Pakistan has been in political turmoil for the past three weeks due to ongoing anti-government direct actions by two opposition parties. Supporters of Pakistan Tehreek Insaaf (PTI) and Pakistan Awami Tehreek (PAT) initiated their separate marches on August 14, 2014, the day Pakistan’s independence is celebrated.
British resident Shaker Aamer has reportedly been beaten at Guantánamo Bay, in evidence of a new crackdown on prisoners protesting their detention without charge.
In new letters received by legal charity Reprieve, detainees reveal what one calls a new “standard procedure” of abuses at the prison. Emad Hassan, a Yemeni detained without charge since 2002, wrote that “an FCE [Forcible Cell Extraction] team has been brought in to beat the detainees […] On Sunday, Shaker ISN 239 was beaten when the medical people wanted to draw blood.” Mr Hassan adds that guards had beaten another detainee for nearly 2 hours.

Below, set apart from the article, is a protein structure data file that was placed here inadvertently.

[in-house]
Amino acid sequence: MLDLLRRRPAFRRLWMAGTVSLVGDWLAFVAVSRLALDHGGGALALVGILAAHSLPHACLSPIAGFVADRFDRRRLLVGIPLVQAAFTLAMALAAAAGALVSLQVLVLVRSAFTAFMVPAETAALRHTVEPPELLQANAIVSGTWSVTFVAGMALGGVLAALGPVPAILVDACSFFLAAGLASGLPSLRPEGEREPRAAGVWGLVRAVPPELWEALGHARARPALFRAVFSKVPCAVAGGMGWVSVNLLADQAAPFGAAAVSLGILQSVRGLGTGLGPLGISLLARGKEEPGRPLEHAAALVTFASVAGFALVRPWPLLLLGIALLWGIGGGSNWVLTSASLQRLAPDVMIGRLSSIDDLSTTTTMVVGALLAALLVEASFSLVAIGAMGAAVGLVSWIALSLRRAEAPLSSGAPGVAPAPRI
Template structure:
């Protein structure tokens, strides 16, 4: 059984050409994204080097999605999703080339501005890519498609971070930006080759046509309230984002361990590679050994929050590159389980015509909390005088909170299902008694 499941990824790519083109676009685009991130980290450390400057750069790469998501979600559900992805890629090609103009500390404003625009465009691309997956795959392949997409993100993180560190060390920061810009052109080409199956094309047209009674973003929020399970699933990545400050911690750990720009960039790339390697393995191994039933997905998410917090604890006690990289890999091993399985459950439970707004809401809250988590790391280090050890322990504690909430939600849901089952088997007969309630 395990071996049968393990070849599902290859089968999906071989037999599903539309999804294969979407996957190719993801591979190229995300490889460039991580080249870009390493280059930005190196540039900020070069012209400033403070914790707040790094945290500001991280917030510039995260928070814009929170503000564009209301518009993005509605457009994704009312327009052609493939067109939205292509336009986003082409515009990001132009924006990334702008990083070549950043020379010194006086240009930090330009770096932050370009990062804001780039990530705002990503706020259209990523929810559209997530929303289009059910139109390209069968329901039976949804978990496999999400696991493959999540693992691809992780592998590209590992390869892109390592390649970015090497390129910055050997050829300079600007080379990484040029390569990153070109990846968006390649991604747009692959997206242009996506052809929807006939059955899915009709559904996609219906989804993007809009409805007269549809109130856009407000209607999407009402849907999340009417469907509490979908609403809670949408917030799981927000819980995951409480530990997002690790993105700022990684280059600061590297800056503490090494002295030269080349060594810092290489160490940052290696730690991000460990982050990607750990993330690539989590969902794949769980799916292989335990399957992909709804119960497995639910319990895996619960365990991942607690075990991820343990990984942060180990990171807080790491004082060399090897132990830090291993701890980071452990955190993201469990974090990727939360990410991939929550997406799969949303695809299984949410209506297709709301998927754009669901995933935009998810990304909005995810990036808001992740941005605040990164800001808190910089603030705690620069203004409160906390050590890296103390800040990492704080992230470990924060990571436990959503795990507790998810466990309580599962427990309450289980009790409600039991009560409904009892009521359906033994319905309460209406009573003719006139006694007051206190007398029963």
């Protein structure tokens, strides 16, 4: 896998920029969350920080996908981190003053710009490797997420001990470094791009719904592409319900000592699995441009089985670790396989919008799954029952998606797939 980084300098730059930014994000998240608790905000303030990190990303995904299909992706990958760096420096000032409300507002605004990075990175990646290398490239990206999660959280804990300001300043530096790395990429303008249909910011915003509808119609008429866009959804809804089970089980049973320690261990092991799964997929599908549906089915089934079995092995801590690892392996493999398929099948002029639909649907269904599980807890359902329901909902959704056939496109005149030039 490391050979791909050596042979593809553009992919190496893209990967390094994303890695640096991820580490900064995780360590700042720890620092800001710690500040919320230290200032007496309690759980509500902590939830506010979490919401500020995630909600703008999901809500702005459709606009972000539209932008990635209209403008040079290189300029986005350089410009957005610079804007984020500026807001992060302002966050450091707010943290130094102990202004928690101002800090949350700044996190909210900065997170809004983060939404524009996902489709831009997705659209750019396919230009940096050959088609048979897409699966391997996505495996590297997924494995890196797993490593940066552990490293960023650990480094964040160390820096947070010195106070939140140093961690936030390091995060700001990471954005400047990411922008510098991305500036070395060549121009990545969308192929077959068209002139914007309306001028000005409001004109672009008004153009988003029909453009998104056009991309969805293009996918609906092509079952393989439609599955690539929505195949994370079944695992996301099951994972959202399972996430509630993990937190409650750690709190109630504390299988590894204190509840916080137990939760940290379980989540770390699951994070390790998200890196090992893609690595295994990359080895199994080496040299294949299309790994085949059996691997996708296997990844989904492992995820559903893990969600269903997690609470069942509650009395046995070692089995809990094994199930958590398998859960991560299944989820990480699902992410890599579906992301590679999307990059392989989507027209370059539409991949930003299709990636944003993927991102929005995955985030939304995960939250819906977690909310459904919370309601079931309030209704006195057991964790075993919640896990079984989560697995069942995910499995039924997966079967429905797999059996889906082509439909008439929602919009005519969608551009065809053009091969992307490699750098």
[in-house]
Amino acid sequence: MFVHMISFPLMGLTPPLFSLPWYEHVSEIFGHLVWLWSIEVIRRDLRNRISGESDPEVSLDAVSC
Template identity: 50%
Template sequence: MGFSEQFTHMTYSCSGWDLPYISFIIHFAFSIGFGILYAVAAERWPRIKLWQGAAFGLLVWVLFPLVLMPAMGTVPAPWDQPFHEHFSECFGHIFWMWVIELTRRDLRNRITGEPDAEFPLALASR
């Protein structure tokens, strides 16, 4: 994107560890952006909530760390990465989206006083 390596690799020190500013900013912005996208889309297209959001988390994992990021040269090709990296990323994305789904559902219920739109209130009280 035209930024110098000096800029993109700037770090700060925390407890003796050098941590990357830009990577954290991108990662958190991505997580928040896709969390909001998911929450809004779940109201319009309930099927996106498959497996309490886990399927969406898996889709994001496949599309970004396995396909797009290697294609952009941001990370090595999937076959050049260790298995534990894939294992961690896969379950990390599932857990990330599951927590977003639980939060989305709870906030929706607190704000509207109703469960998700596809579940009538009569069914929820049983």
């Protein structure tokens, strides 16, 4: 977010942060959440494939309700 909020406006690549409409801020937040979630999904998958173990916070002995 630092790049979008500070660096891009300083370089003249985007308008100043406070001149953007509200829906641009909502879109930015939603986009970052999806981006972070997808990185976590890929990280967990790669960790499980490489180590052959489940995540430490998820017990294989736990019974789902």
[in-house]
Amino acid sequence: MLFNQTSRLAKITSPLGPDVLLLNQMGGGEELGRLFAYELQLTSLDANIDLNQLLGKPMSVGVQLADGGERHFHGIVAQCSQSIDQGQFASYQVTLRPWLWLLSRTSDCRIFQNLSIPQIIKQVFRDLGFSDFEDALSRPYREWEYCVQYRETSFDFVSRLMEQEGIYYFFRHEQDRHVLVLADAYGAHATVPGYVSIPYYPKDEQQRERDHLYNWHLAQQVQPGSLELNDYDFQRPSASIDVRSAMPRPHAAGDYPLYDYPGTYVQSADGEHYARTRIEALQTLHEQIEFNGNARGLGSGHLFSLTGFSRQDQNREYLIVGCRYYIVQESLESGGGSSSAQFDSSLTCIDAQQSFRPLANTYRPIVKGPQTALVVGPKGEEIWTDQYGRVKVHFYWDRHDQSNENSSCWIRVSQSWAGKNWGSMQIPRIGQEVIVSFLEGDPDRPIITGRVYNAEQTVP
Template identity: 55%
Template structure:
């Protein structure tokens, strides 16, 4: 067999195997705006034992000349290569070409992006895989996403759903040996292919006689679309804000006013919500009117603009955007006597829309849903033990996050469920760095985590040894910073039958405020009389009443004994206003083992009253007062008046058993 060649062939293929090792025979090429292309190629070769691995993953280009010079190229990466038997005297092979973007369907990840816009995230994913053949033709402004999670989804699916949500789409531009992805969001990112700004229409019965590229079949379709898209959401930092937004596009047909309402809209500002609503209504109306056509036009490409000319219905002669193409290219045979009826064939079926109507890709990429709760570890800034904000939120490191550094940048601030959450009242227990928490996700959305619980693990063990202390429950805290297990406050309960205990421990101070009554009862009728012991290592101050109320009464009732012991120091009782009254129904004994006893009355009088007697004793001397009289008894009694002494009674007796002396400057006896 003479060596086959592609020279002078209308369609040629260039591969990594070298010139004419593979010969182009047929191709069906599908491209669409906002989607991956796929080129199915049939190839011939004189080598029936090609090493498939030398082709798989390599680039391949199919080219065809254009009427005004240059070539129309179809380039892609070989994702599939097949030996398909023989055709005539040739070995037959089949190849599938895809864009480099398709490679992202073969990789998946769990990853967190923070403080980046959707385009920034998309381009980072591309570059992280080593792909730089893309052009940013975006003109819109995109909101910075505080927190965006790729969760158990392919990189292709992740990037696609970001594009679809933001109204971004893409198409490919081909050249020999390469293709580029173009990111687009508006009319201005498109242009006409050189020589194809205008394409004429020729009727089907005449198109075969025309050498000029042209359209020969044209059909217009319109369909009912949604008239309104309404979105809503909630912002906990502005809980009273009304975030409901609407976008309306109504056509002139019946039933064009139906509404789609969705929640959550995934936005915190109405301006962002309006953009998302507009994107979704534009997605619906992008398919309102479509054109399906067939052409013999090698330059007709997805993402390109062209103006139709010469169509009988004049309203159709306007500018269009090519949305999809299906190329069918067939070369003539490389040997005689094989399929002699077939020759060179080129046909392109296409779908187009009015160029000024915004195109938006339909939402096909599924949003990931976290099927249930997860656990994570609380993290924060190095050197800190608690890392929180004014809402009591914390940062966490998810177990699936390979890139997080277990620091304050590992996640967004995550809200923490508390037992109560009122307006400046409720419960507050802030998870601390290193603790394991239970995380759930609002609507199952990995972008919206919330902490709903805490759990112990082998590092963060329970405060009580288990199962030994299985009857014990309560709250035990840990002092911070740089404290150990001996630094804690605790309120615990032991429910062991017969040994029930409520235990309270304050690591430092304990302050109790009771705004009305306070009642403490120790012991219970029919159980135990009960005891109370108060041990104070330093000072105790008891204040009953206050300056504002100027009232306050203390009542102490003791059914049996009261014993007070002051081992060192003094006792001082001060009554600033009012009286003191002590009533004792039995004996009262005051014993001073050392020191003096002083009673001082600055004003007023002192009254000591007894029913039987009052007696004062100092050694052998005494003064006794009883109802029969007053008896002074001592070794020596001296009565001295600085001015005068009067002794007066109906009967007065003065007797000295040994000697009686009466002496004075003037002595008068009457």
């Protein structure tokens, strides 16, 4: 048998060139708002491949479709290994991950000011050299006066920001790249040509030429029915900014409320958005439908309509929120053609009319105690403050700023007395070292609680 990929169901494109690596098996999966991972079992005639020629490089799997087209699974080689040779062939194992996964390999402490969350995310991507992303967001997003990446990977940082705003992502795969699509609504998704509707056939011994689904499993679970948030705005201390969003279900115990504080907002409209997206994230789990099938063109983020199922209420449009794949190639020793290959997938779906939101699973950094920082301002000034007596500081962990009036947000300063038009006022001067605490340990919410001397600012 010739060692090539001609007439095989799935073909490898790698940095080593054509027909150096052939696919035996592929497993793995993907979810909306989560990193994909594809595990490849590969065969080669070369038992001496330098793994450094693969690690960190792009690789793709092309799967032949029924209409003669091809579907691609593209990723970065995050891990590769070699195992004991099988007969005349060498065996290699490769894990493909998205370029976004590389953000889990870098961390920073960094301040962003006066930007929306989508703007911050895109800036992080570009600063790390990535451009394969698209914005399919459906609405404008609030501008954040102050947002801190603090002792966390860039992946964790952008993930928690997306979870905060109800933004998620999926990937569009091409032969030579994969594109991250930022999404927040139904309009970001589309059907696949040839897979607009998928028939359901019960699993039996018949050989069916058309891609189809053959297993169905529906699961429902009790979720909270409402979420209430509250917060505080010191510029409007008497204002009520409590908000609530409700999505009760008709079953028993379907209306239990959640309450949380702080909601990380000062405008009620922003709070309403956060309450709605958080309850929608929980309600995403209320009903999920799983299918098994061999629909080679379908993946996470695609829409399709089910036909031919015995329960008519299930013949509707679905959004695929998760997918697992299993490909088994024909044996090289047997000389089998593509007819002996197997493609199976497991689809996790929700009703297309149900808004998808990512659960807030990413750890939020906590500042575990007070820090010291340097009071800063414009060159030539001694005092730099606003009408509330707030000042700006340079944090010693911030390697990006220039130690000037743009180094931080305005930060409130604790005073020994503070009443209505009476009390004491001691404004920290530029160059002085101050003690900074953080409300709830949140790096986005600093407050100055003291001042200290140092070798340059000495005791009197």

Tomas Moniz is Editor-in-Chief of Rad Dad Magazine and, more importantly, a father to three children ages 16, 19 and 23. His vision of creating a space for discussing radical politics and parenting first began as an award-winning zine. This year, Moniz decided to keep the Rad Dad dispatches going in the form of a magazine. The premiere Spring issue sold out. Contributions dealt with slut-shaming on the playground and being a woman who is a daddy to her kids—not as a single mother, but as the father figure of an adopted child in a same-sex relationship.